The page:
It’s meaning

It’s more than just an easy word for casual good-bye;
It’s gayer than a greeting and it’s sadder than a sigh;
It has the hurting poignancy, the pathos of a sob;
It’s sweeter than a youthful heart’s exquisite joyous throb;
It’s all the tender messages that words cannot convey;
It’s tears unshed, and longing for a loved one gone away;
It’s welcome to Hawaii and it’s lingering farewell;
It’s all the dear and silent things that lovers’ lips can tell;
It’s woven into flower leis and old Hawaiian songs;
It’s frailer than a spider-web and strong as leather thongs;
It’s fresh as dew on ginger blooms and older than the moon;
It’s in the little lullabies that native mothers croon;
It’s said a hundred different ways, in sadness and in joy;
Aloha means “I love you.” So, I say “Aloha oe.”

Don Blanding

Source: Poems That Touch the Heart By A. L. Alexander
Published by Double Play, NY,NY 1956

HAWAI'I ALOHA by Makua Laiana

E Hawai`i e ku`u one hânau ê
[eh hah vai' ee-(y)eh koo' oo-(w)oh' neh HAH nau'-(w)eh]
Hawai`i my birth sands

Ku`u home kulaiwi nei
[koo' oo hoh' meh koo lah-(y)ee vee nei]
My beloved native home

`Oli nô au i nâ pono lani ou
[oh' lee NOH-(w)au-(y)ee NAH poh' noh lah' nee-(y)ou]
Joyful indeed am I in your heavenly righteousnesses

E Hawai`i Aloha ê
[eh hah vai' ee-(y)ah loh' hah-(Y)EH]
Beloved Hawai`i

Hui: Chorus:

E hau`oli e nâ `ôpio o Hawai`i nei
[eh hau oh' lee-(y)eh NAH OH pee-(Y)OH' hah vah ee nei]
Happy the youth of beloved Hawai`i

`Oli ê! `Oli ê!
[oh' lee-(Y)EH! oh' lee-(Y)EH!]
Rejoice! Rejoice!

Mai nâ aheahe makani e pâ mai nei
[mai NAH-(y)ah heh-(y)ah heh mah kah' nee-(y)eh PAH mai nei]
Come the gentle wind that blow here

Mau ke Aloha nô Hawai`i
[mau keh-(y)ah loh' hah NOH hah vai' ee]
Forever the Aloha for Hawai`i


Poem/song written by The Reverend Lorenzo Lyons, 1807-1886, also known as Makua Laiana

 "Hawaii Aloha" Poem/song by Reverand Lorenzo Lyons

E Hawai'i e ku'u one hanau e
Ku'u home kulaiwi nei
'Oli no au i na pono lani ou
E Hawai'i, aloha e

E hau'oli na 'opio o Hawai'i nei
'Oli e! 'Oli e!
Mai na aheahe makani e pa mai nei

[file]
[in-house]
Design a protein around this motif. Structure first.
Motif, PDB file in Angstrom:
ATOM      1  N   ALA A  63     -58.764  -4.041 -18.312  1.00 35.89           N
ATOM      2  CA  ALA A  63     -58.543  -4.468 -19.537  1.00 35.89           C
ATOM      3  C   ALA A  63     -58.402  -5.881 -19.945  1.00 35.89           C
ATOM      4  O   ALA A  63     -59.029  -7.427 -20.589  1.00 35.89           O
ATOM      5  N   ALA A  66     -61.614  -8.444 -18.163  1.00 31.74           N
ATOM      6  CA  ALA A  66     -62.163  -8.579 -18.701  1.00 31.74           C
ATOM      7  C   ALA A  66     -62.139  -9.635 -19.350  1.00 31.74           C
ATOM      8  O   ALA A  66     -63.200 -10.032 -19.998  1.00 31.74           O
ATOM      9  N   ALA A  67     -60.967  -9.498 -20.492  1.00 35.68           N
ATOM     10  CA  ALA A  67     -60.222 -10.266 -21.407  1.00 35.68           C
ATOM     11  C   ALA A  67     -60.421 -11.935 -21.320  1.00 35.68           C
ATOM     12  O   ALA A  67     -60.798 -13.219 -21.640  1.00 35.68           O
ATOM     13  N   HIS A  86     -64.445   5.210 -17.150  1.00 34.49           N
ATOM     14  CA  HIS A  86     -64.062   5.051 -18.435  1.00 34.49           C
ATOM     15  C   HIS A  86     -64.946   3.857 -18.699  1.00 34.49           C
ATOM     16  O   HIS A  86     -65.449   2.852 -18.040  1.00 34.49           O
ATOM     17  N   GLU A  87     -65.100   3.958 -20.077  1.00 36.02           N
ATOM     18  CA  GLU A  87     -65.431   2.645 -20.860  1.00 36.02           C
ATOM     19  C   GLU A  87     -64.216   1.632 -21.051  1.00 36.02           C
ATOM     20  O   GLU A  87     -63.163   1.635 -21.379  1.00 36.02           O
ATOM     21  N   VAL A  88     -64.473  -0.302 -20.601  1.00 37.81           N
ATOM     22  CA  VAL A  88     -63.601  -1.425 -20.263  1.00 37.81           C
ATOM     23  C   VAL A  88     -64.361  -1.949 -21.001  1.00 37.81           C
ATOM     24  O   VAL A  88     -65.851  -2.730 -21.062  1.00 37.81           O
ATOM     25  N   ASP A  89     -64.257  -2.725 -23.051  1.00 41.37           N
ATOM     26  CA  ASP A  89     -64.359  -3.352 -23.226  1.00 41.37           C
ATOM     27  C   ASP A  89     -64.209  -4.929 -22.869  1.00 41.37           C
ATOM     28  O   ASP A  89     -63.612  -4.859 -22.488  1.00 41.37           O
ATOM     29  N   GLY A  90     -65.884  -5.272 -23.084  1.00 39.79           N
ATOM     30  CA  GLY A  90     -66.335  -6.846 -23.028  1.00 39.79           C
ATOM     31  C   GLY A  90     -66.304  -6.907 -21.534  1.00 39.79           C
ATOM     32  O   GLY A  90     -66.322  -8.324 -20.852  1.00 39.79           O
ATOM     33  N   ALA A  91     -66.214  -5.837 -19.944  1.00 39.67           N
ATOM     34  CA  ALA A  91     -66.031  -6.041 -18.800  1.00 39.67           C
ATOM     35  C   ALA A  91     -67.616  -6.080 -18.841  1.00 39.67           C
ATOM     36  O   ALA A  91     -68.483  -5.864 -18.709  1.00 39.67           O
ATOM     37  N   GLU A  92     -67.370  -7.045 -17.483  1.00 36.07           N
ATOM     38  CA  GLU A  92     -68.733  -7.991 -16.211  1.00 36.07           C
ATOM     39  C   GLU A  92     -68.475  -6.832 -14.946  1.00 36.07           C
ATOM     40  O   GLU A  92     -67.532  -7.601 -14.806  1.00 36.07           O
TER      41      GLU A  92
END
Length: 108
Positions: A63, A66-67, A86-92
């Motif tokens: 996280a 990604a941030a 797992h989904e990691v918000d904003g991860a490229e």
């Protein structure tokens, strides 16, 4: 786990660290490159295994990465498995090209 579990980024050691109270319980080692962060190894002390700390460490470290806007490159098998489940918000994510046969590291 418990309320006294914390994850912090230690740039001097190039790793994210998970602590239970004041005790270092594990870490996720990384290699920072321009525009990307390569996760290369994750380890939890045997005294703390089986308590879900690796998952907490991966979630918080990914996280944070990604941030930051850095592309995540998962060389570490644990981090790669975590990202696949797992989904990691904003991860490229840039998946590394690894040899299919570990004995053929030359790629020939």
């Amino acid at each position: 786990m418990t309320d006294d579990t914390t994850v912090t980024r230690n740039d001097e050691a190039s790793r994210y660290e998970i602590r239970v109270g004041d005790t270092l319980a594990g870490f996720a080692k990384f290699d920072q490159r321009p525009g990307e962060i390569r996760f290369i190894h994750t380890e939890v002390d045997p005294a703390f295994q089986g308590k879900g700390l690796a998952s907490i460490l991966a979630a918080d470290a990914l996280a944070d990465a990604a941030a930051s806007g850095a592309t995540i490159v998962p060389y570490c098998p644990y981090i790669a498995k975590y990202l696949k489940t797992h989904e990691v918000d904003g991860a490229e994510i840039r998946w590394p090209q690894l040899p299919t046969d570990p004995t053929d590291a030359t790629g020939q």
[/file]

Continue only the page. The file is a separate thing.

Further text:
Mau ke aloha, no Hawai'i

E ha'i mai kou mau kini lani e
Kou mau kupa aloha, e Hawai'i
Na mea 'olino kamaha'o no luna mai
E Hawai'i aloha e

(repeat hui)

Na ke Akua e malama mai ia 'oe
Kou mau kualona aloha nei
Kou mau kahawai 'olinolino mau
Kou mau mala pua nani e

(repeat hui)

O Hawaii, O sands of my birth
My native home
I rejoice in the blessings of heaven
O Hawaii, aloha.

Happy youth of Hawaii
Rejoice! Rejoice!
Gentle breezes blow
Love always for Hawaii.

May your divine throngs speak
Your loving people, O Hawaii
The holy light from above
O Hawaii, aloha.

(repeat chorus)

God protects you
Your beloved ridges
Your ever glistening streams
Your beautiful flower gardens.

(repeat chorus)

Note: The lyrics to the poem/song "Hawaii Aloha" in both Hawaiian and English. Lyrics: Reverand Lorenzo Lyons; Music: James McGranahan. In Hawaii the song is almost always sung in Hawaiian.

Hawai'i Aloha by Israel Kamakawiwo

E Hawai'i e ku'u home ha nau e
Ku'u home 'ula hiwi nei
Oli nou au i na pono la'i e
E Hawai'i, aloha e

He hau'oli nau opio Hawai'i nei
Oli e
Oli e
Mai na ahe ahe makani he pa ma nei
Mau kealoha, aloha Hawai'i
Mau kealoha, aloha e

This is one of the many songs composed by the Reverend Lorenzo Lyons, known as Makua Laiana, who had a church for many years at Waimea, Hawai`i. He died in 1886. A variant title for the song is "Ku`u One Hanau." The song is so popular with Hawaiians that the melody is used in other songs.

Mana`o (thoughts) by Mark Keali`i Ho`omalu, kumu hula of Na Mele Hula `Ohana, San Leandro, C


Aloha Mai - We come with love!